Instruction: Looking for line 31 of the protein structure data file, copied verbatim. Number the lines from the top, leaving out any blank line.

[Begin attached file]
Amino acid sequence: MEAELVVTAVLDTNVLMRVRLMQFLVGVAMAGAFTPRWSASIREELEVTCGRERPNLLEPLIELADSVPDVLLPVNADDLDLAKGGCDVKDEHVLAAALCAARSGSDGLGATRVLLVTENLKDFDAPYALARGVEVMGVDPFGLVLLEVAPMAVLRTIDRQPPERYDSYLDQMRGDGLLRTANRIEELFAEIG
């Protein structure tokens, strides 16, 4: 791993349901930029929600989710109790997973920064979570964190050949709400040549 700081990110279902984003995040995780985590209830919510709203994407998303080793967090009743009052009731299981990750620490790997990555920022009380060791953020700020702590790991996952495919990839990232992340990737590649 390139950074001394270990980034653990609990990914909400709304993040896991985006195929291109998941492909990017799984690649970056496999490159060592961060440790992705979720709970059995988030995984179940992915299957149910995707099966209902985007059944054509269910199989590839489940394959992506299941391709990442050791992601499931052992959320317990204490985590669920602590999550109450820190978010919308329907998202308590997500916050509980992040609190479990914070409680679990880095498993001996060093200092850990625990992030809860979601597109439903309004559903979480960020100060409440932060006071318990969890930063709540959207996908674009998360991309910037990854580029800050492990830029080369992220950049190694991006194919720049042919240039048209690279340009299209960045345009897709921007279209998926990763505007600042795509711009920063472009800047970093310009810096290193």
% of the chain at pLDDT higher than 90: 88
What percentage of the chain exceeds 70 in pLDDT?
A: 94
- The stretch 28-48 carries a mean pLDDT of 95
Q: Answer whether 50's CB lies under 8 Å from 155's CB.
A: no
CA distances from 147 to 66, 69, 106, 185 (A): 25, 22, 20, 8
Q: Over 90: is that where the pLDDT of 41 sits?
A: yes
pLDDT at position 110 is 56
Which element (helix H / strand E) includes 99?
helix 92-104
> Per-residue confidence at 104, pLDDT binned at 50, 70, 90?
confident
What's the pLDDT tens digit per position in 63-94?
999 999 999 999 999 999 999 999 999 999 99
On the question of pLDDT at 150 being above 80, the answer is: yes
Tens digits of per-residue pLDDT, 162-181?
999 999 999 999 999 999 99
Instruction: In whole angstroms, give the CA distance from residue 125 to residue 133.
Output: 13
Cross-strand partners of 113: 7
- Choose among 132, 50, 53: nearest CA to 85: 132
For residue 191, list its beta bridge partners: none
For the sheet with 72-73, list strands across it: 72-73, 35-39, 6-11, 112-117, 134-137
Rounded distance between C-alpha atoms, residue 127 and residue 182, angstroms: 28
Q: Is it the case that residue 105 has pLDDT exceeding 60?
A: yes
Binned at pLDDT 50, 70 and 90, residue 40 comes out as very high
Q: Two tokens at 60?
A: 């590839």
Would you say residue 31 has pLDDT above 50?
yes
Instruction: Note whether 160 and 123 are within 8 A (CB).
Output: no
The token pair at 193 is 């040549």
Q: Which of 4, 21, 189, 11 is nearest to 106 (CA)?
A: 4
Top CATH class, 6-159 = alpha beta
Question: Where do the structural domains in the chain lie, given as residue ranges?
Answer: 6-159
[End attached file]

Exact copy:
Binned at pLDDT 50, 70 and 90, residue 40 comes out as very high